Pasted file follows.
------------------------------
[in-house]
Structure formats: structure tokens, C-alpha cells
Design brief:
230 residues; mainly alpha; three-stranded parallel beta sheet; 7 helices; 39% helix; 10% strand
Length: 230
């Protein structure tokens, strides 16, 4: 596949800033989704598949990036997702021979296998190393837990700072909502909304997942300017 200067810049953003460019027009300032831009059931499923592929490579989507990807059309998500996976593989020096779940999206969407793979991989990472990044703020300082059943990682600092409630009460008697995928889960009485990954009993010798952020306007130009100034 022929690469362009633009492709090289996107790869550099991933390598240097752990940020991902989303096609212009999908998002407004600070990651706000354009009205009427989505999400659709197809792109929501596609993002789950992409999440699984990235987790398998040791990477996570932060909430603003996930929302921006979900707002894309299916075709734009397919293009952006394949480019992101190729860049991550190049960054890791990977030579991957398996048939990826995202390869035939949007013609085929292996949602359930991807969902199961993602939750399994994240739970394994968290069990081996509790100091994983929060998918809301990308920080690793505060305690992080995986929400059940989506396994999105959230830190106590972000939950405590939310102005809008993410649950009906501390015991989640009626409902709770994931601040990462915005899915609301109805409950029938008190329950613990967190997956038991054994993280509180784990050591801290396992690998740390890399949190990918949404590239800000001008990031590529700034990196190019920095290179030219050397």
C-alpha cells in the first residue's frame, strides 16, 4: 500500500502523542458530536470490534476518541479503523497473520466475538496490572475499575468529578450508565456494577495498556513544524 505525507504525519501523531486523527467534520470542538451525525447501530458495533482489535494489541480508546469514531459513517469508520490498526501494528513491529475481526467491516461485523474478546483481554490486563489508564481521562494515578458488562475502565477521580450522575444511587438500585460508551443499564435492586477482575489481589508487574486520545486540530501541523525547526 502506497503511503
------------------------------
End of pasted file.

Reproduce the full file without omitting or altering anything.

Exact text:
[in-house]
Structure formats: structure tokens, C-alpha cells
Design brief:
230 residues; mainly alpha; three-stranded parallel beta sheet; 7 helices; 39% helix; 10% strand
Length: 230
């Protein structure tokens, strides 16, 4: 596949800033989704598949990036997702021979296998190393837990700072909502909304997942300017 200067810049953003460019027009300032831009059931499923592929490579989507990807059309998500996976593989020096779940999206969407793979991989990472990044703020300082059943990682600092409630009460008697995928889960009485990954009993010798952020306007130009100034 022929690469362009633009492709090289996107790869550099991933390598240097752990940020991902989303096609212009999908998002407004600070990651706000354009009205009427989505999400659709197809792109929501596609993002789950992409999440699984990235987790398998040791990477996570932060909430603003996930929302921006979900707002894309299916075709734009397919293009952006394949480019992101190729860049991550190049960054890791990977030579991957398996048939990826995202390869035939949007013609085929292996949602359930991807969902199961993602939750399994994240739970394994968290069990081996509790100091994983929060998918809301990308920080690793505060305690992080995986929400059940989506396994999105959230830190106590972000939950405590939310102005809008993410649950009906501390015991989640009626409902709770994931601040990462915005899915609301109805409950029938008190329950613990967190997956038991054994993280509180784990050591801290396992690998740390890399949190990918949404590239800000001008990031590529700034990196190019920095290179030219050397």
C-alpha cells in the first residue's frame, strides 16, 4: 500500500502523542458530536470490534476518541479503523497473520466475538496490572475499575468529578450508565456494577495498556513544524 505525507504525519501523531486523527467534520470542538451525525447501530458495533482489535494489541480508546469514531459513517469508520490498526501494528513491529475481526467491516461485523474478546483481554490486563489508564481521562494515578458488562475502565477521580450522575444511587438500585460508551443499564435492586477482575489481589508487574486520545486540530501541523525547526 502506497503511503